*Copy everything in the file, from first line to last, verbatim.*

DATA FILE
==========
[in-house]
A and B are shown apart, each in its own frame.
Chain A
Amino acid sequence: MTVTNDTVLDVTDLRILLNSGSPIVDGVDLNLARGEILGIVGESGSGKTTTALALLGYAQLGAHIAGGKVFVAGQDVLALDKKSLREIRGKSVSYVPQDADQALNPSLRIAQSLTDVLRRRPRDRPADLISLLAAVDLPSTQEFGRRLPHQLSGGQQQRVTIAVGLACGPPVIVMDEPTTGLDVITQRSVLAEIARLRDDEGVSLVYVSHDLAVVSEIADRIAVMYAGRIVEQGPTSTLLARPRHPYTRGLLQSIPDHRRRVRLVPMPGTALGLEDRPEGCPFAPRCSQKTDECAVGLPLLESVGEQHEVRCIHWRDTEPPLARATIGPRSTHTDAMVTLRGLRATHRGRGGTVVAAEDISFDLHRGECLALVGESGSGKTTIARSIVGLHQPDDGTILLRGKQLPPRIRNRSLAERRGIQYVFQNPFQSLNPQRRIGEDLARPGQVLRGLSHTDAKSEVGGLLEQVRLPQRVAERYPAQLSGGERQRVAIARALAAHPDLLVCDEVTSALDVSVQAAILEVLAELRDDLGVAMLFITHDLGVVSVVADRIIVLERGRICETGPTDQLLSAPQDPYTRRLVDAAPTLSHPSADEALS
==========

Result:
[in-house]
A and B are shown apart, each in its own frame.
Chain A
Amino acid sequence: MTVTNDTVLDVTDLRILLNSGSPIVDGVDLNLARGEILGIVGESGSGKTTTALALLGYAQLGAHIAGGKVFVAGQDVLALDKKSLREIRGKSVSYVPQDADQALNPSLRIAQSLTDVLRRRPRDRPADLISLLAAVDLPSTQEFGRRLPHQLSGGQQQRVTIAVGLACGPPVIVMDEPTTGLDVITQRSVLAEIARLRDDEGVSLVYVSHDLAVVSEIADRIAVMYAGRIVEQGPTSTLLARPRHPYTRGLLQSIPDHRRRVRLVPMPGTALGLEDRPEGCPFAPRCSQKTDECAVGLPLLESVGEQHEVRCIHWRDTEPPLARATIGPRSTHTDAMVTLRGLRATHRGRGGTVVAAEDISFDLHRGECLALVGESGSGKTTIARSIVGLHQPDDGTILLRGKQLPPRIRNRSLAERRGIQYVFQNPFQSLNPQRRIGEDLARPGQVLRGLSHTDAKSEVGGLLEQVRLPQRVAERYPAQLSGGERQRVAIARALAAHPDLLVCDEVTSALDVSVQAAILEVLAELRDDLGVAMLFITHDLGVVSVVADRIIVLERGRICETGPTDQLLSAPQDPYTRRLVDAAPTLSHPSADEALS